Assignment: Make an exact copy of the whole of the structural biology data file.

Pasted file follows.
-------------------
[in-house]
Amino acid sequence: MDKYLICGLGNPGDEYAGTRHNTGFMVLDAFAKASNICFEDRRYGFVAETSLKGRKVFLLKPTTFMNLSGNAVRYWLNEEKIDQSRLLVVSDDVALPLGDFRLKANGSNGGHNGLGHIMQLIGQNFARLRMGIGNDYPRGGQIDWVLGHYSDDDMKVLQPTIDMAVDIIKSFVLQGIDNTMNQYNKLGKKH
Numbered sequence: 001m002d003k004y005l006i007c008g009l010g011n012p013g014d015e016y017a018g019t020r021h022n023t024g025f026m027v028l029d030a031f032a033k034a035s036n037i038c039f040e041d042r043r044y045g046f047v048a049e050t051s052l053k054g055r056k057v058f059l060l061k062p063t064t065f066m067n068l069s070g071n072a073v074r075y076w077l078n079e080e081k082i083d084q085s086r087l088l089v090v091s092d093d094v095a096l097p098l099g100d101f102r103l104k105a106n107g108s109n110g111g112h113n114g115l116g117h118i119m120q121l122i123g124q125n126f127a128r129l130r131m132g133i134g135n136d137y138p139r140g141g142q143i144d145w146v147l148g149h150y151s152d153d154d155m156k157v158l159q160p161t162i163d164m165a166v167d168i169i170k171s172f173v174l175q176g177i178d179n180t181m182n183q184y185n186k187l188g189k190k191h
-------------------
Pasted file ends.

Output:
[in-house]
Amino acid sequence: MDKYLICGLGNPGDEYAGTRHNTGFMVLDAFAKASNICFEDRRYGFVAETSLKGRKVFLLKPTTFMNLSGNAVRYWLNEEKIDQSRLLVVSDDVALPLGDFRLKANGSNGGHNGLGHIMQLIGQNFARLRMGIGNDYPRGGQIDWVLGHYSDDDMKVLQPTIDMAVDIIKSFVLQGIDNTMNQYNKLGKKH
Numbered sequence: 001m002d003k004y005l006i007c008g009l010g011n012p013g014d015e016y017a018g019t020r021h022n023t024g025f026m027v028l029d030a031f032a033k034a035s036n037i038c039f040e041d042r043r044y045g046f047v048a049e050t051s052l053k054g055r056k057v058f059l060l061k062p063t064t065f066m067n068l069s070g071n072a073v074r075y076w077l078n079e080e081k082i083d084q085s086r087l088l089v090v091s092d093d094v095a096l097p098l099g100d101f102r103l104k105a106n107g108s109n110g111g112h113n114g115l116g117h118i119m120q121l122i123g124q125n126f127a128r129l130r131m132g133i134g135n136d137y138p139r140g141g142q143i144d145w146v147l148g149h150y151s152d153d154d155m156k157v158l159q160p161t162i163d164m165a166v167d168i169i170k171s172f173v174l175q176g177i178d179n180t181m182n183q184y185n186k187l188g189k190k191h